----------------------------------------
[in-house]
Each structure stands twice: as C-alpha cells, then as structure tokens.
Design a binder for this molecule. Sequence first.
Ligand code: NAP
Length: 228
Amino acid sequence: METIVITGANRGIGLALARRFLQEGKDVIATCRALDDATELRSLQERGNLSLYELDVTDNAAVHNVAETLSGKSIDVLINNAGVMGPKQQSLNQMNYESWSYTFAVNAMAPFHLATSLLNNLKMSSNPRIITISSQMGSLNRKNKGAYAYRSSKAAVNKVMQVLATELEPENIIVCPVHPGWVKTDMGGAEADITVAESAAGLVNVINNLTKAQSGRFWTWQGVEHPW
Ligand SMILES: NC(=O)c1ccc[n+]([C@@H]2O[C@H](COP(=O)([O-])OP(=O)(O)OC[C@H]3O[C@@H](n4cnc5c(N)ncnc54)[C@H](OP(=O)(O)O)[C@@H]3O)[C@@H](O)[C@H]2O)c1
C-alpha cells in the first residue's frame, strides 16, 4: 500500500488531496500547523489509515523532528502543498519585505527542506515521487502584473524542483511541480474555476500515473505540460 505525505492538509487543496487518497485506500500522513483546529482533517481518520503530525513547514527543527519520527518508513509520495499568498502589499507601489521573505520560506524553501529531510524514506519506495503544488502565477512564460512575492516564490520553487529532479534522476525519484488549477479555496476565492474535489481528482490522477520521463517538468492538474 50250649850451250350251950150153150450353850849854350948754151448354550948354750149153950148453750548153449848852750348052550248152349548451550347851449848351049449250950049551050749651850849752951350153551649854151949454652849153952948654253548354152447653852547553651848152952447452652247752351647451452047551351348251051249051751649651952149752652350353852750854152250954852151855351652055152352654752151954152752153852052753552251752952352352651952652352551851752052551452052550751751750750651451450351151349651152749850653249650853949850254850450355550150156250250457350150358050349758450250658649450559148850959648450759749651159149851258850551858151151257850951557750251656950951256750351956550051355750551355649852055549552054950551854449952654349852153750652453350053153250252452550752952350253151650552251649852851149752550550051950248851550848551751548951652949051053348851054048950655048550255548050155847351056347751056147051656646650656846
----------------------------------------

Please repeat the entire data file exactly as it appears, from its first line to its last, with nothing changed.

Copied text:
[in-house]
Each structure stands twice: as C-alpha cells, then as structure tokens.
Design a binder for this molecule. Sequence first.
Ligand code: NAP
Length: 228
Amino acid sequence: METIVITGANRGIGLALARRFLQEGKDVIATCRALDDATELRSLQERGNLSLYELDVTDNAAVHNVAETLSGKSIDVLINNAGVMGPKQQSLNQMNYESWSYTFAVNAMAPFHLATSLLNNLKMSSNPRIITISSQMGSLNRKNKGAYAYRSSKAAVNKVMQVLATELEPENIIVCPVHPGWVKTDMGGAEADITVAESAAGLVNVINNLTKAQSGRFWTWQGVEHPW
Ligand SMILES: NC(=O)c1ccc[n+]([C@@H]2O[C@H](COP(=O)([O-])OP(=O)(O)OC[C@H]3O[C@@H](n4cnc5c(N)ncnc54)[C@H](OP(=O)(O)O)[C@@H]3O)[C@@H](O)[C@H]2O)c1
C-alpha cells in the first residue's frame, strides 16, 4: 500500500488531496500547523489509515523532528502543498519585505527542506515521487502584473524542483511541480474555476500515473505540460 505525505492538509487543496487518497485506500500522513483546529482533517481518520503530525513547514527543527519520527518508513509520495499568498502589499507601489521573505520560506524553501529531510524514506519506495503544488502565477512564460512575492516564490520553487529532479534522476525519484488549477479555496476565492474535489481528482490522477520521463517538468492538474 50250649850451250350251950150153150450353850849854350948754151448354550948354750149153950148453750548153449848852750348052550248152349548451550347851449848351049449250950049551050749651850849752951350153551649854151949454652849153952948654253548354152447653852547553651848152952447452652247752351647451452047551351348251051249051751649651952149752652350353852750854152250954852151855351652055152352654752151954152752153852052753552251752952352352651952652352551851752052551452052550751751750750651451450351151349651152749850653249650853949850254850450355550150156250250457350150358050349758450250658649450559148850959648450759749651159149851258850551858151151257850951557750251656950951256750351956550051355750551355649852055549552054950551854449952654349852153750652453350053153250252452550752952350253151650552251649852851149752550550051950248851550848551751548951652949051053348851054048950655048550255548050155847351056347751056147051656646650656846